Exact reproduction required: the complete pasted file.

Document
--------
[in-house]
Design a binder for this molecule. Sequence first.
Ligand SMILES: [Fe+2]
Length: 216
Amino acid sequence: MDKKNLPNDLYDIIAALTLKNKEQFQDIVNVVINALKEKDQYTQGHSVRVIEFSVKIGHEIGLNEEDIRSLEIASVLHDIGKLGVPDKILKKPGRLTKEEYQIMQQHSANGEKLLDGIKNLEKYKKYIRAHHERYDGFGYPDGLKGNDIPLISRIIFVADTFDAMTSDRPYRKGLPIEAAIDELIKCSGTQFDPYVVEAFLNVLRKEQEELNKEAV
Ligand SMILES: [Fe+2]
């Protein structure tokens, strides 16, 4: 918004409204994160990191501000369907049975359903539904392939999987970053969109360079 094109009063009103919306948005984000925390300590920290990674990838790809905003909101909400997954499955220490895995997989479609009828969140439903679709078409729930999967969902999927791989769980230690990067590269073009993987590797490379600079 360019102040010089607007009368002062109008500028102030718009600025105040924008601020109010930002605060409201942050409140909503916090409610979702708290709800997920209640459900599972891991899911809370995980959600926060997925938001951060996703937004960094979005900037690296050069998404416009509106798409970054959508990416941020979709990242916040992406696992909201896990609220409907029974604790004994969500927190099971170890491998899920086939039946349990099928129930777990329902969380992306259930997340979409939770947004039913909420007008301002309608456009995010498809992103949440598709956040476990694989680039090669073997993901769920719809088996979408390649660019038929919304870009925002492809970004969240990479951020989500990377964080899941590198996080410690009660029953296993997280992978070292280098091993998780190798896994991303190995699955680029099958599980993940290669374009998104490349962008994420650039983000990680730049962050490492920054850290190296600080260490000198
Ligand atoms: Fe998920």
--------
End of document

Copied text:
[in-house]
Design a binder for this molecule. Sequence first.
Ligand SMILES: [Fe+2]
Length: 216
Amino acid sequence: MDKKNLPNDLYDIIAALTLKNKEQFQDIVNVVINALKEKDQYTQGHSVRVIEFSVKIGHEIGLNEEDIRSLEIASVLHDIGKLGVPDKILKKPGRLTKEEYQIMQQHSANGEKLLDGIKNLEKYKKYIRAHHERYDGFGYPDGLKGNDIPLISRIIFVADTFDAMTSDRPYRKGLPIEAAIDELIKCSGTQFDPYVVEAFLNVLRKEQEELNKEAV
Ligand SMILES: [Fe+2]
């Protein structure tokens, strides 16, 4: 918004409204994160990191501000369907049975359903539904392939999987970053969109360079 094109009063009103919306948005984000925390300590920290990674990838790809905003909101909400997954499955220490895995997989479609009828969140439903679709078409729930999967969902999927791989769980230690990067590269073009993987590797490379600079 360019102040010089607007009368002062109008500028102030718009600025105040924008601020109010930002605060409201942050409140909503916090409610979702708290709800997920209640459900599972891991899911809370995980959600926060997925938001951060996703937004960094979005900037690296050069998404416009509106798409970054959508990416941020979709990242916040992406696992909201896990609220409907029974604790004994969500927190099971170890491998899920086939039946349990099928129930777990329902969380992306259930997340979409939770947004039913909420007008301002309608456009995010498809992103949440598709956040476990694989680039090669073997993901769920719809088996979408390649660019038929919304870009925002492809970004969240990479951020989500990377964080899941590198996080410690009660029953296993997280992978070292280098091993998780190798896994991303190995699955680029099958599980993940290669374009998104490349962008994420650039983000990680730049962050490492920054850290190296600080260490000198
Ligand atoms: Fe998920």